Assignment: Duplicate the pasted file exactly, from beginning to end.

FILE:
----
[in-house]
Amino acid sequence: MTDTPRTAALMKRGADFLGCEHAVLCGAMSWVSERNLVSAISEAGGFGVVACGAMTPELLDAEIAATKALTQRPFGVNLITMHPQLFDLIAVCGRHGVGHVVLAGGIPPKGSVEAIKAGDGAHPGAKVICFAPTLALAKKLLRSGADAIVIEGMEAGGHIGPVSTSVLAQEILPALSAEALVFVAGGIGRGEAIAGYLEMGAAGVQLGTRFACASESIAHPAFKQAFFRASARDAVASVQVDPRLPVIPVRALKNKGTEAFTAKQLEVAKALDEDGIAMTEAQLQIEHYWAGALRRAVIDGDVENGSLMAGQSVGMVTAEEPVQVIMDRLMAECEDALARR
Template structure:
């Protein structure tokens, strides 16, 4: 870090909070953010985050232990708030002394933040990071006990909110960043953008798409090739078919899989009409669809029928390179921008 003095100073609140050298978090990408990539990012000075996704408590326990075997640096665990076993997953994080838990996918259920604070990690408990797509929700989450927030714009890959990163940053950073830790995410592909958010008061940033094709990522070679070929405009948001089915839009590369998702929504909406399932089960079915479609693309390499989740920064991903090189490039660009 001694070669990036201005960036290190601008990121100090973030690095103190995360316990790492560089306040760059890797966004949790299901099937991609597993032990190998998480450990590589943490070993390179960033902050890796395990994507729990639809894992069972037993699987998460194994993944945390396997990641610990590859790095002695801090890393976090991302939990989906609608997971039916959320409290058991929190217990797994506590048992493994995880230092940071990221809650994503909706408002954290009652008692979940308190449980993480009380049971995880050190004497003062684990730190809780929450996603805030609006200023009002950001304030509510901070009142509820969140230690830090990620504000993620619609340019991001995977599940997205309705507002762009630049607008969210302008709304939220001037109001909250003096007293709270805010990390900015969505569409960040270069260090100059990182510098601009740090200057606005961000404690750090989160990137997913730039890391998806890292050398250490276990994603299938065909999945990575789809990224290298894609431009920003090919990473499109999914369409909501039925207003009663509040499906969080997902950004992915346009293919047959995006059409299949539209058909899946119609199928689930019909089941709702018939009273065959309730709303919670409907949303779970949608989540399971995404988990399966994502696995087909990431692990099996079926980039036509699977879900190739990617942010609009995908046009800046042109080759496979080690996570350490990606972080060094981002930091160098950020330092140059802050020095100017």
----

[in-house]
Amino acid sequence: MTDTPRTAALMKRGADFLGCEHAVLCGAMSWVSERNLVSAISEAGGFGVVACGAMTPELLDAEIAATKALTQRPFGVNLITMHPQLFDLIAVCGRHGVGHVVLAGGIPPKGSVEAIKAGDGAHPGAKVICFAPTLALAKKLLRSGADAIVIEGMEAGGHIGPVSTSVLAQEILPALSAEALVFVAGGIGRGEAIAGYLEMGAAGVQLGTRFACASESIAHPAFKQAFFRASARDAVASVQVDPRLPVIPVRALKNKGTEAFTAKQLEVAKALDEDGIAMTEAQLQIEHYWAGALRRAVIDGDVENGSLMAGQSVGMVTAEEPVQVIMDRLMAECEDALARR
Template structure:
């Protein structure tokens, strides 16, 4: 870090909070953010985050232990708030002394933040990071006990909110960043953008798409090739078919899989009409669809029928390179921008 003095100073609140050298978090990408990539990012000075996704408590326990075997640096665990076993997953994080838990996918259920604070990690408990797509929700989450927030714009890959990163940053950073830790995410592909958010008061940033094709990522070679070929405009948001089915839009590369998702929504909406399932089960079915479609693309390499989740920064991903090189490039660009 001694070669990036201005960036290190601008990121100090973030690095103190995360316990790492560089306040760059890797966004949790299901099937991609597993032990190998998480450990590589943490070993390179960033902050890796395990994507729990639809894992069972037993699987998460194994993944945390396997990641610990590859790095002695801090890393976090991302939990989906609608997971039916959320409290058991929190217990797994506590048992493994995880230092940071990221809650994503909706408002954290009652008692979940308190449980993480009380049971995880050190004497003062684990730190809780929450996603805030609006200023009002950001304030509510901070009142509820969140230690830090990620504000993620619609340019991001995977599940997205309705507002762009630049607008969210302008709304939220001037109001909250003096007293709270805010990390900015969505569409960040270069260090100059990182510098601009740090200057606005961000404690750090989160990137997913730039890391998806890292050398250490276990994603299938065909999945990575789809990224290298894609431009920003090919990473499109999914369409909501039925207003009663509040499906969080997902950004992915346009293919047959995006059409299949539209058909899946119609199928689930019909089941709702018939009273065959309730709303919670409907949303779970949608989540399971995404988990399966994502696995087909990431692990099996079926980039036509699977879900190739990617942010609009995908046009800046042109080759496979080690996570350490990606972080060094981002930091160098950020330092140059802050020095100017």